In my view, the greatest strength of the paper is in providing a plausible null model for how adaptive behavior can modulate epidemiology even when it does not respond directly to disease, and in developing analytical results that give further insight into the origin and magnitude of these effects given the underlying model parameters.

    Concerns regarding the paper

    My principal concern about the paper is the implicit claim that the model explains the epidemiological patterns of COVID-19 in the United States during summer and fall 2020.

    The authors fit their model to US death data by estimating parameters related to the degree of mitigation as a function of time M(t), as well as some seasonality parameters affecting R0 as a function of time. It is not clear whether baseline R0 was also estimated, since it is not listed as a fixed.

    As the authors point out,monotonically increasing R0M(t) in a standard well-mixed SIR far from herd immunity would result in a single peak that overshoots the (ever-increasing) HIT. In the authors' fitted model, deaths in fact initially decline in the northeast and midwest before rising again, and the epidemic in the south displays two peaks separated by a trough.

    But I am not sure this is a particularly convincing demonstration of the correctness of a model as an explanation for the observed dynamics. Official distancing policies may have monotonically become more lax over the period June 1 through to, e.g., the fall. But restrictions were tightened in winter in response to surges, and there was clear signal of behavioral response to incresasing transmission that seems unlikely to have been mere regression to the mean.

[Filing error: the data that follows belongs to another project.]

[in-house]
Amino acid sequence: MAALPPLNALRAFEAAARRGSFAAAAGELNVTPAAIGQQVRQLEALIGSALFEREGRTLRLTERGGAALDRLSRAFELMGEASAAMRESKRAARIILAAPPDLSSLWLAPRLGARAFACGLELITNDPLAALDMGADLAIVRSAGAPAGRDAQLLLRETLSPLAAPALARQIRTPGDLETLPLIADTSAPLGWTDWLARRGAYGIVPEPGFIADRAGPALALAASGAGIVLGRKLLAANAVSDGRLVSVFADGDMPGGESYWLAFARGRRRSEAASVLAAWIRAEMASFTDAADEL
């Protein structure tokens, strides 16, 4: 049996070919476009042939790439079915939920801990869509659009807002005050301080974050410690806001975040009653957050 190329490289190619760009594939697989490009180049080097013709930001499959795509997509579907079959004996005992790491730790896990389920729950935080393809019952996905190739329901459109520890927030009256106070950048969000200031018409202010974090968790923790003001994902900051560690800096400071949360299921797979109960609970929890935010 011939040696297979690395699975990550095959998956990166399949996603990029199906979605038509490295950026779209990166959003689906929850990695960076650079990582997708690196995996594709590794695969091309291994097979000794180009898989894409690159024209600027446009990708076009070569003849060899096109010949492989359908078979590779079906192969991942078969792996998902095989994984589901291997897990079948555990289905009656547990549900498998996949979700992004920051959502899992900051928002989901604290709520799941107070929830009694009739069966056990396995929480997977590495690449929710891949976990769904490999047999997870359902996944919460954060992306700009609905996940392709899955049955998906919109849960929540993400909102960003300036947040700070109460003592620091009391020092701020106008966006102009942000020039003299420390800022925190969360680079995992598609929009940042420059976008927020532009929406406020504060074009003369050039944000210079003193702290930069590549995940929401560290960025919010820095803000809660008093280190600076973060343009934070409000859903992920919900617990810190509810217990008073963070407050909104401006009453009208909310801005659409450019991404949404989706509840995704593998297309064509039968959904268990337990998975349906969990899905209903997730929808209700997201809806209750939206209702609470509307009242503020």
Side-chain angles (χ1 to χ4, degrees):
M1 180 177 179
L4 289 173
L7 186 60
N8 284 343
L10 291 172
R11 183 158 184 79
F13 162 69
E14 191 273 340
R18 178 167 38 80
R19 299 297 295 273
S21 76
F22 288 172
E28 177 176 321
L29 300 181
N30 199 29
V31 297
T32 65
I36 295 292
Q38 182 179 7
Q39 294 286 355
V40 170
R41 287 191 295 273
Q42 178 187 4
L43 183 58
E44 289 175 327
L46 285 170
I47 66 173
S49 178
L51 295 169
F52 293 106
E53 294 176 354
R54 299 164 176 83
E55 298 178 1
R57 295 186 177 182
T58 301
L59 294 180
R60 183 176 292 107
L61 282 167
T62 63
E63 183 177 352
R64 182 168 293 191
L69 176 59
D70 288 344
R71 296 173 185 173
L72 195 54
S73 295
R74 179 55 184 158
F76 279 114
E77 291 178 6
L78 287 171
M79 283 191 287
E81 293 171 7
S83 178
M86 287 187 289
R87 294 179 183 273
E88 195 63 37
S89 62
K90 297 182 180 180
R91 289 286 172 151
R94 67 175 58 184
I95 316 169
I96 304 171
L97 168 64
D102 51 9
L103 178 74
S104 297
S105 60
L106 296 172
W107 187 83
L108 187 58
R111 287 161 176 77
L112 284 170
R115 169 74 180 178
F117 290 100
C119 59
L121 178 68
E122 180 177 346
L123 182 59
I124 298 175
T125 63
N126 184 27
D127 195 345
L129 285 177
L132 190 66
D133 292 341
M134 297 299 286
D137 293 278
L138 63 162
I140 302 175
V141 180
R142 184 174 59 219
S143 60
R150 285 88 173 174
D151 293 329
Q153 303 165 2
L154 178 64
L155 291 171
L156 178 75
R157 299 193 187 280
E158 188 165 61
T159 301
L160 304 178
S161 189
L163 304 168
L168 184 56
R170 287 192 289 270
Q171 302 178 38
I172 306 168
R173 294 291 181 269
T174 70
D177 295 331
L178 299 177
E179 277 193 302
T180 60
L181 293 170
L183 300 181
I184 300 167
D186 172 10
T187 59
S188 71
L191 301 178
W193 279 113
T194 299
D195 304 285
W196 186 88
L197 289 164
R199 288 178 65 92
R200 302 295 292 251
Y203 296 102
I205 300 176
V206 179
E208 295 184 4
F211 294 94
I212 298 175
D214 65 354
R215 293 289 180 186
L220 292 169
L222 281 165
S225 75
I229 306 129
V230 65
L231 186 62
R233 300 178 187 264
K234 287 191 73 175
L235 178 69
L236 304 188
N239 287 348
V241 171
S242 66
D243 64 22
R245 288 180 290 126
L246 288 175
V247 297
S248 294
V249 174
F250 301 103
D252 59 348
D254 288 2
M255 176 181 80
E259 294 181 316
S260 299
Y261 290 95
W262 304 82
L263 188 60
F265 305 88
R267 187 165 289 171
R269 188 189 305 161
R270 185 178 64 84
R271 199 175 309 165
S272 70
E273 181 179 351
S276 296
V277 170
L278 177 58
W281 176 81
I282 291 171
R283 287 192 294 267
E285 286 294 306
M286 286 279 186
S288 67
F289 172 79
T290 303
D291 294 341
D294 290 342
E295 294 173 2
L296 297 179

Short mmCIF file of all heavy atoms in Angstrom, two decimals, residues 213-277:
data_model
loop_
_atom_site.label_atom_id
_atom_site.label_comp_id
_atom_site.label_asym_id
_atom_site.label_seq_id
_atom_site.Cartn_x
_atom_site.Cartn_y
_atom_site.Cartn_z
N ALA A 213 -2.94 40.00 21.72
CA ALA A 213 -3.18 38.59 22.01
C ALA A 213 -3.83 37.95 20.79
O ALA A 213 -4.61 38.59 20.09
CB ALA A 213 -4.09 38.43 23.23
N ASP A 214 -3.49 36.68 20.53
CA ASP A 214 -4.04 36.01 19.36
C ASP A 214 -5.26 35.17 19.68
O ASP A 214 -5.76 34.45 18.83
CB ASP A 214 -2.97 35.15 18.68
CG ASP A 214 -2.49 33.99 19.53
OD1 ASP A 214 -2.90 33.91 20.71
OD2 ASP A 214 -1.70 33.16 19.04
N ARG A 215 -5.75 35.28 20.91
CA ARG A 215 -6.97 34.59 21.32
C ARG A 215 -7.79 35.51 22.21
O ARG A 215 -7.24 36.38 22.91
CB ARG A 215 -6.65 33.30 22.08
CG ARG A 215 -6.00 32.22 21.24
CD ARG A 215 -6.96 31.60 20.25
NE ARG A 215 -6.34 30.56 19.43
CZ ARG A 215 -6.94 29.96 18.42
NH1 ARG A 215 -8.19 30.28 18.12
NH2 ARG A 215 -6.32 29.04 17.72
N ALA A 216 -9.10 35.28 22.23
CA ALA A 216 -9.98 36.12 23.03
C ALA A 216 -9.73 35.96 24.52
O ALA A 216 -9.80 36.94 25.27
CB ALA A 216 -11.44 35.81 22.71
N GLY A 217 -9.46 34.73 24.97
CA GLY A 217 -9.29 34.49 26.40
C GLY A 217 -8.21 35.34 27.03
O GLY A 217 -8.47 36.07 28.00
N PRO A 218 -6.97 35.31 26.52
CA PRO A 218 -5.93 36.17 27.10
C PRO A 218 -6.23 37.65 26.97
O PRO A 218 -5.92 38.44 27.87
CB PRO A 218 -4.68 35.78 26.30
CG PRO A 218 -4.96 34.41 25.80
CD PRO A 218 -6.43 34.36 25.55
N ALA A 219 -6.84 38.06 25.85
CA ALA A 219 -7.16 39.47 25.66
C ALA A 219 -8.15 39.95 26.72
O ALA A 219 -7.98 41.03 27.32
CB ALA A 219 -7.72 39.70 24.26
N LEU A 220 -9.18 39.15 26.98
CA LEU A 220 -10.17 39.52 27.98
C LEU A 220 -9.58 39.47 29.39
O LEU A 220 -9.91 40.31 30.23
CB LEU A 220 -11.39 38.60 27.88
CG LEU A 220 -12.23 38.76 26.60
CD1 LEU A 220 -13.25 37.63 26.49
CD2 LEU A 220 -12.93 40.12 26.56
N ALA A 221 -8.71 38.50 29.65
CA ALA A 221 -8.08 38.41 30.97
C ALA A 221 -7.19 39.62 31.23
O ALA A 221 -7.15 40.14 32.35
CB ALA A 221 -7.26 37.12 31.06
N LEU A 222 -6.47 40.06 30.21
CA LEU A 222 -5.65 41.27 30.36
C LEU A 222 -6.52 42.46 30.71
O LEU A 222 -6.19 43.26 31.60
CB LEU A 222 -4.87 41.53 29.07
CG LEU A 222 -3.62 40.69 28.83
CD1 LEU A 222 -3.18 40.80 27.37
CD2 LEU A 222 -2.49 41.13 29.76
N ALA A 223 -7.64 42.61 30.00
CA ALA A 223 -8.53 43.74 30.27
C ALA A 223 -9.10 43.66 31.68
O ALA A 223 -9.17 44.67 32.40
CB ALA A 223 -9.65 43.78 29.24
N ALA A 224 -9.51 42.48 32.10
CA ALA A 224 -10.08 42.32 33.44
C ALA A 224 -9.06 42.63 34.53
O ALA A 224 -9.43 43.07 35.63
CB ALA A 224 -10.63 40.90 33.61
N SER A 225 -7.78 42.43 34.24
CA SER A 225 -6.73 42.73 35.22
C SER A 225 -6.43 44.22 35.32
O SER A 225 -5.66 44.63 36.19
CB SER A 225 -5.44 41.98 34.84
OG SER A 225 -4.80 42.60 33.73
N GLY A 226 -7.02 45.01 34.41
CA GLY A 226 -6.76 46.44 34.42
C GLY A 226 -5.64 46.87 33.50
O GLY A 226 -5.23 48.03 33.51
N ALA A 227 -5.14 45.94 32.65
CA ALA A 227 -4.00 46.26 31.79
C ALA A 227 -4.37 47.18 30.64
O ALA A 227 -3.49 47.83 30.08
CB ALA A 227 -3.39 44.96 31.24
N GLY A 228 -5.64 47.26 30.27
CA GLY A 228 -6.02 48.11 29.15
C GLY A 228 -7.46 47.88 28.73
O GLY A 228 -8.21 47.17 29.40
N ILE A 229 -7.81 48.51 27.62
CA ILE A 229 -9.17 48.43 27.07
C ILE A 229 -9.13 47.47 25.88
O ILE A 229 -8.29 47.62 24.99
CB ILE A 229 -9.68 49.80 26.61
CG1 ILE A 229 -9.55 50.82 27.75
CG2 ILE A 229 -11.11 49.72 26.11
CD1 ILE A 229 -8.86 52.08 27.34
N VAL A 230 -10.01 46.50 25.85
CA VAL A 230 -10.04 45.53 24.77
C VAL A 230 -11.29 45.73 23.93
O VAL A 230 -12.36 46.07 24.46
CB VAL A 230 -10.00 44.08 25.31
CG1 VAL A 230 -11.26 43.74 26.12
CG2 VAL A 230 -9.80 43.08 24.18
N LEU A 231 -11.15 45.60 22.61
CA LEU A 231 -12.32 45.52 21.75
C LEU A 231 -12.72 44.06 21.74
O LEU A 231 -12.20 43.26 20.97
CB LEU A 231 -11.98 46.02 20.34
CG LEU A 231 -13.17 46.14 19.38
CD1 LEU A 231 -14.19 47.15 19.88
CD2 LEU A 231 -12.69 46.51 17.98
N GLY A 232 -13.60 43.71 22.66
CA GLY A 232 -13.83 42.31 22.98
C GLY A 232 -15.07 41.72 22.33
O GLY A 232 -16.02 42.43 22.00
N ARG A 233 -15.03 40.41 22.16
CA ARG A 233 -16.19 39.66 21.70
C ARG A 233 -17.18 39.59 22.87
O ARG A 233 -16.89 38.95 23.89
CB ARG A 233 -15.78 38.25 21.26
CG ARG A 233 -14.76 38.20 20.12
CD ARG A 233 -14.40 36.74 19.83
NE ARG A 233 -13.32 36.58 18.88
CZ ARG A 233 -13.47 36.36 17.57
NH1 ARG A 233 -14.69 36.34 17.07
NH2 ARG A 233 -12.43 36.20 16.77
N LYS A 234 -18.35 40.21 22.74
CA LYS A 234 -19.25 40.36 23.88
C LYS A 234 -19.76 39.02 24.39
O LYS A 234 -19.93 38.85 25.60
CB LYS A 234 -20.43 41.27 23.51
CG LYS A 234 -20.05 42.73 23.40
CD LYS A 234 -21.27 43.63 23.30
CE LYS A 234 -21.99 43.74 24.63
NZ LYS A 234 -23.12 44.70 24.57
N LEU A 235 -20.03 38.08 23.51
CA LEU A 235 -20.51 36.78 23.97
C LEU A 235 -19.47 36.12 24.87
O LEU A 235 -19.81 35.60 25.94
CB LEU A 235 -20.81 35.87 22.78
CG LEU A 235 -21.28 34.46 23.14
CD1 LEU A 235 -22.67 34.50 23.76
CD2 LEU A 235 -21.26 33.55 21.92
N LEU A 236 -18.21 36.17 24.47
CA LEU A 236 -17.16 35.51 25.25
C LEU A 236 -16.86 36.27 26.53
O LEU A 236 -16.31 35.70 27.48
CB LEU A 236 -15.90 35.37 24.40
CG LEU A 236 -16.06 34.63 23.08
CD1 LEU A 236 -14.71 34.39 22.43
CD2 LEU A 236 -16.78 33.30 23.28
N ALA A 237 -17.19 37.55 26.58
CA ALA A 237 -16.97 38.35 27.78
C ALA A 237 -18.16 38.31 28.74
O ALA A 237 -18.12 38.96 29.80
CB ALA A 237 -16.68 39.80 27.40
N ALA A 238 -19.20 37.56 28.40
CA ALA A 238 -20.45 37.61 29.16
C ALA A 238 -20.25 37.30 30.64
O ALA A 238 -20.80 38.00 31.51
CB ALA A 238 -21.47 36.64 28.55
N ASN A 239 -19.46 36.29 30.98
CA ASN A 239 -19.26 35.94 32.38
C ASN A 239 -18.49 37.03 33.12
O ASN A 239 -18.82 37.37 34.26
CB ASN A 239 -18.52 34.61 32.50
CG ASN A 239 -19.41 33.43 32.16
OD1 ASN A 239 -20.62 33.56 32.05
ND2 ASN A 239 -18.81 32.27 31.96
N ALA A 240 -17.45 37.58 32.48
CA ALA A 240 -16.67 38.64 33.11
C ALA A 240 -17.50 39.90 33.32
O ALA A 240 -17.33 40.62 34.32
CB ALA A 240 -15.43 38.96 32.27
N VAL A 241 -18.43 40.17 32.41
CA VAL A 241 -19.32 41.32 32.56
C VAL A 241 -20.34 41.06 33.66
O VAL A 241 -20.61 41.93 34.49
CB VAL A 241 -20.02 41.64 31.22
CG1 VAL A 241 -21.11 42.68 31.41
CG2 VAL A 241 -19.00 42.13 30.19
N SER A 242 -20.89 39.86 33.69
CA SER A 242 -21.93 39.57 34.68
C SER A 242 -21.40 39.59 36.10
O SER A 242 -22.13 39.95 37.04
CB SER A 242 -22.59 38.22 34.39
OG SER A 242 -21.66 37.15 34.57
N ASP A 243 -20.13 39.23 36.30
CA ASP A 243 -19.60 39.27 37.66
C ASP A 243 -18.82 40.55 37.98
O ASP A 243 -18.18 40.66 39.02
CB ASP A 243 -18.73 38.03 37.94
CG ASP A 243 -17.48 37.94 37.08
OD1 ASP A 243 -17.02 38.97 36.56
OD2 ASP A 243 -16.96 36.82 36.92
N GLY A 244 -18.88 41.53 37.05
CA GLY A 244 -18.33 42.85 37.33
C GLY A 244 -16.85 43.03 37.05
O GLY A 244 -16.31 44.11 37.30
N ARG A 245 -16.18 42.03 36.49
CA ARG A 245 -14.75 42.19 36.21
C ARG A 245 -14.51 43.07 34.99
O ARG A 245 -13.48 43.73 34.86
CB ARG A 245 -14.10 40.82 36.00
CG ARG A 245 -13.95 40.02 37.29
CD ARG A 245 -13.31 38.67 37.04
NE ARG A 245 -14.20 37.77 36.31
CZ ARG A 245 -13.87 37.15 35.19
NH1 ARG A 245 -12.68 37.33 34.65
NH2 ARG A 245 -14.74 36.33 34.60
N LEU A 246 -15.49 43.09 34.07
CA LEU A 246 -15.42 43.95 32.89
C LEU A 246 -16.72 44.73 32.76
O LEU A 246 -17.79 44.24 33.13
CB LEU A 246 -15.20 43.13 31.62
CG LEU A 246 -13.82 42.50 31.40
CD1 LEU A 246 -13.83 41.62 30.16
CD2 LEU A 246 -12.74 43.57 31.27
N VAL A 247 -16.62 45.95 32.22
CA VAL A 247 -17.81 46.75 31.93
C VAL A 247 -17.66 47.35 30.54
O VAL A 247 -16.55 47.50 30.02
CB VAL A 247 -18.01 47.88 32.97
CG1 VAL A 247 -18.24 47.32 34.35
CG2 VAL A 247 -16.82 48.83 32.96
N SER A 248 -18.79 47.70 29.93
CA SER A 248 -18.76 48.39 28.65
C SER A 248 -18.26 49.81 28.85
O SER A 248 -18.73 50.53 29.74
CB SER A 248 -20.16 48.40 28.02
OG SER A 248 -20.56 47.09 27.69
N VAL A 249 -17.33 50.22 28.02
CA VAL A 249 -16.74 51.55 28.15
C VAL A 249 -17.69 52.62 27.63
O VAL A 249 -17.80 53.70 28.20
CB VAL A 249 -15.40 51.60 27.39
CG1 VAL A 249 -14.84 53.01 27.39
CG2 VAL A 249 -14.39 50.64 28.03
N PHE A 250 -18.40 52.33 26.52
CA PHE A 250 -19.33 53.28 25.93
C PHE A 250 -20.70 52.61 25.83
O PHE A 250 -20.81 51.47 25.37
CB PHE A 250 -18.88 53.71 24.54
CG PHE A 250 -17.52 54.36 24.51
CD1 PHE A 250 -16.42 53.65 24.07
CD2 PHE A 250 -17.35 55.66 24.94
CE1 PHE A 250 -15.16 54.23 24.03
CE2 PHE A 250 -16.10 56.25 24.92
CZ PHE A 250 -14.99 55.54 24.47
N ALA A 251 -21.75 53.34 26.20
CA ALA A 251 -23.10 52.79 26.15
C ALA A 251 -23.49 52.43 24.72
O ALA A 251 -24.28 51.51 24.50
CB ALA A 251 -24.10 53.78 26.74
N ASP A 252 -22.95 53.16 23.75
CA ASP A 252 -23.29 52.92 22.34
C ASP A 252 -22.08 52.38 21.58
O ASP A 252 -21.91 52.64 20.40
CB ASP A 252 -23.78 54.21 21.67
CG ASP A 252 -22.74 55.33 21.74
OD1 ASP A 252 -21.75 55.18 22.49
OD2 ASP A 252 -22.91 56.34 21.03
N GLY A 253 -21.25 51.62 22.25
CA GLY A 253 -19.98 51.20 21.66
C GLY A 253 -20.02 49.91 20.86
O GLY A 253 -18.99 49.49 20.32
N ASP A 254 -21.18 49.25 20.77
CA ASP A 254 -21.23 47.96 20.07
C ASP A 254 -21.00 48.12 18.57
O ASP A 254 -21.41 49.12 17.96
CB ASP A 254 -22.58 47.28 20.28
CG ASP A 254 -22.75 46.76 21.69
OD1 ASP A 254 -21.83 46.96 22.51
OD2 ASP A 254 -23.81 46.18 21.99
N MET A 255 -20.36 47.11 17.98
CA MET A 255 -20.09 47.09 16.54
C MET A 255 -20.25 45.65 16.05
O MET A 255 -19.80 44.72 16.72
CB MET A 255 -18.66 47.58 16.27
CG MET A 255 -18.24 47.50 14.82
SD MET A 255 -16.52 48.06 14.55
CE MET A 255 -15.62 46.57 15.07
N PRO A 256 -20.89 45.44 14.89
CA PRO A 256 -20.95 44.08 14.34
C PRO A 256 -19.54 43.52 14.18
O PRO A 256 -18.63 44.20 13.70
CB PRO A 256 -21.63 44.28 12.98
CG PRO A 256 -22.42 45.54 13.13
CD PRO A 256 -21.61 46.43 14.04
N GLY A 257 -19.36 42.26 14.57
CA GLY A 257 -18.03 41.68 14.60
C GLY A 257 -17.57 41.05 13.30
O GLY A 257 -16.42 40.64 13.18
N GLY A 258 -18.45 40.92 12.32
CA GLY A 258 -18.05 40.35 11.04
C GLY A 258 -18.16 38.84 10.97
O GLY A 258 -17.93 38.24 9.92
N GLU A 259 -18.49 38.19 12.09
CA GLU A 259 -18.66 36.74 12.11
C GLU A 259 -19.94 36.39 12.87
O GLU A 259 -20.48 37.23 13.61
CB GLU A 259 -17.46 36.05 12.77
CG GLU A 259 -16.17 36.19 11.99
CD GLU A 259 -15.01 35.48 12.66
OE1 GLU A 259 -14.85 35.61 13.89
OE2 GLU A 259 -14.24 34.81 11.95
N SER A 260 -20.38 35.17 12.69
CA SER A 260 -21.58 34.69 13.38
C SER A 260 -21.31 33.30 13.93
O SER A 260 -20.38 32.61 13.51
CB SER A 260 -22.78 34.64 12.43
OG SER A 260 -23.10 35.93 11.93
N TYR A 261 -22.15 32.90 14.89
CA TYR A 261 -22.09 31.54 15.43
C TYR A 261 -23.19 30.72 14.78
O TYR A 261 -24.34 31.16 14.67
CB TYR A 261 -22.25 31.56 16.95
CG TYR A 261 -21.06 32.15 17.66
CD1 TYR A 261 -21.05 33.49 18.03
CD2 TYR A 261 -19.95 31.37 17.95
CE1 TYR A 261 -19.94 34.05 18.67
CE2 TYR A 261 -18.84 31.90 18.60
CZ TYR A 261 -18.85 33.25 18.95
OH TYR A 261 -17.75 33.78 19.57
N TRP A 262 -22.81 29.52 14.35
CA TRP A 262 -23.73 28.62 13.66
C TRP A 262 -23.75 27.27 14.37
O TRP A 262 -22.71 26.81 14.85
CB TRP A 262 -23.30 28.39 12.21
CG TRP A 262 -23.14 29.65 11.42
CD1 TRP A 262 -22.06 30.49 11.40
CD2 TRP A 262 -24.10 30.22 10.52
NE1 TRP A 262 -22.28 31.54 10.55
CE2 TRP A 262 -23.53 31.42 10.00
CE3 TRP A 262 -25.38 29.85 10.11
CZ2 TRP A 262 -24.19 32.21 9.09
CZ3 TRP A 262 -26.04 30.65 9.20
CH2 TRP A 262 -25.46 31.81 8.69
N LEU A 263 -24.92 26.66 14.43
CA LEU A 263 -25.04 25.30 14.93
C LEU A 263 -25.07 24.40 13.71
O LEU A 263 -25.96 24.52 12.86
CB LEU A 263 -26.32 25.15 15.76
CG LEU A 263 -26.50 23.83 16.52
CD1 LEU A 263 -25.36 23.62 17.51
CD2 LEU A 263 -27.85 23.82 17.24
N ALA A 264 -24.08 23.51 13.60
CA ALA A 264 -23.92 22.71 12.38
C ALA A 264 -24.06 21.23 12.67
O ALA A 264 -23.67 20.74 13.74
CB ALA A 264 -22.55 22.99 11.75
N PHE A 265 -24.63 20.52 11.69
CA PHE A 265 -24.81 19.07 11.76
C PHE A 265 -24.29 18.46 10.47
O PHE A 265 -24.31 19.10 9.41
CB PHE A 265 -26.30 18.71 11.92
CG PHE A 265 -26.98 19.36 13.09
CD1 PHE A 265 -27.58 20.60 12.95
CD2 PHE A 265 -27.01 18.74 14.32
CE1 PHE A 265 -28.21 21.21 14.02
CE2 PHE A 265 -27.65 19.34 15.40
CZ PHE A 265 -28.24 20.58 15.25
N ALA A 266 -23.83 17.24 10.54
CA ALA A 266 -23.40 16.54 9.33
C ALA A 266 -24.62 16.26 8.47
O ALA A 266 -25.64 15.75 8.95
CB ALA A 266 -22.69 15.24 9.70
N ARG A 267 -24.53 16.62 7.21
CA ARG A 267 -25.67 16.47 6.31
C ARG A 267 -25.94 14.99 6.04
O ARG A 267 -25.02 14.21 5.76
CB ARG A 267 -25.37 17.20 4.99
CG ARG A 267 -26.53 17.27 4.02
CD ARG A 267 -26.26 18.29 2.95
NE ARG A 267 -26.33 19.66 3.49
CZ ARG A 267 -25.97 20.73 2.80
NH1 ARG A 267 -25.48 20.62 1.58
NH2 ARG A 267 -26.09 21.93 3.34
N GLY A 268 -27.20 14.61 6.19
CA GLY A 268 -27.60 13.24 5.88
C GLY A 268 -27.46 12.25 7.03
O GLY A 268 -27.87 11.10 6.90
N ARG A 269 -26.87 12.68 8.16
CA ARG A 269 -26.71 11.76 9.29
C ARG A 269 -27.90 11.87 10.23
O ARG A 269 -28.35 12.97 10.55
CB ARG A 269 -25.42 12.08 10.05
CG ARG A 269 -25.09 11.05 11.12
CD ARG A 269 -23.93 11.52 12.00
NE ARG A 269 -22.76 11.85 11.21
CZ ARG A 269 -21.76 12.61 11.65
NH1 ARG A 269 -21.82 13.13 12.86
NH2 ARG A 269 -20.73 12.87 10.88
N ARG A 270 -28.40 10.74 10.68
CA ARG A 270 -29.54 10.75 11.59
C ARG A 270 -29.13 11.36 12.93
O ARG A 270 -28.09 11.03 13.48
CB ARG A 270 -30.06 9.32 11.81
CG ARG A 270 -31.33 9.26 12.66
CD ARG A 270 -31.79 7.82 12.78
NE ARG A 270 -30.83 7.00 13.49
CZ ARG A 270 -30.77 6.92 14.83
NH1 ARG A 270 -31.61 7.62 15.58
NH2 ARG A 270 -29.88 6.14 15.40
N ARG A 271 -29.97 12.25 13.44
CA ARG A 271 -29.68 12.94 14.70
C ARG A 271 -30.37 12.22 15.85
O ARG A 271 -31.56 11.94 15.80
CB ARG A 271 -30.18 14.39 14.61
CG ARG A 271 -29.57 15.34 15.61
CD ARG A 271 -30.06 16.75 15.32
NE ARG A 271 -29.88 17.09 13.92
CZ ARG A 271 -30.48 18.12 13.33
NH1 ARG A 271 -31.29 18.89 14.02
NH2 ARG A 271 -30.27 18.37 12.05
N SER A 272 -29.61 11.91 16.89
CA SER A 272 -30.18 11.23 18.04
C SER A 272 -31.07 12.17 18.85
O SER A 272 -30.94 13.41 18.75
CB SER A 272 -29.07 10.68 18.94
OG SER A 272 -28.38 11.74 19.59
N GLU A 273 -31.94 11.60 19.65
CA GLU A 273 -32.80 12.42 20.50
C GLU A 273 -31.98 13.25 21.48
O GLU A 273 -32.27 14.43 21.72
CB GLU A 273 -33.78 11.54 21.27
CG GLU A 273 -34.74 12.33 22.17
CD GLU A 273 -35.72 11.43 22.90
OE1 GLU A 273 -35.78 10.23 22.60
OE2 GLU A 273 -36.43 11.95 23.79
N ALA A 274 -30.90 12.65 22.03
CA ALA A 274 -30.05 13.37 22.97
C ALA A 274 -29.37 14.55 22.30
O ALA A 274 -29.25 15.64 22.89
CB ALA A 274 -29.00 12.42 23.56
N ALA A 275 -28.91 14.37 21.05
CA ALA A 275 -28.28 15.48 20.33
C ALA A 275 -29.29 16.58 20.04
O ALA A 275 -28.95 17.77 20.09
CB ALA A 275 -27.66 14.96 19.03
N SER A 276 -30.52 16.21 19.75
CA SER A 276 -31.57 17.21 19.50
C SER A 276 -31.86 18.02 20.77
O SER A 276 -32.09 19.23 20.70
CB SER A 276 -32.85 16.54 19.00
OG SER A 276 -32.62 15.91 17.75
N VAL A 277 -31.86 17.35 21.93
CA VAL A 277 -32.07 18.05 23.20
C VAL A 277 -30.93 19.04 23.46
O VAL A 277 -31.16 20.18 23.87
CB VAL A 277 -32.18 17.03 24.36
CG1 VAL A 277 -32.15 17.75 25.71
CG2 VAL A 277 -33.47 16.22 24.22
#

In the model, the mitigation function is fitted; no actual data on deliberate versus randomly-varying behavior change is used. Given clear empirical signals of synchronous and delibate response to epidemiology, modulated by social factors (Weill et al., 2020), a persuasive demonstration that consideration of random behavioral variation is necessary and/or sufficient to explain observed US COVID-19 dynamics would need to start from mobility data itself, and then find some principled way of partitioning changes in mobility into those attributable to random variation versus deliberate (whether top-down or bottom-up) action.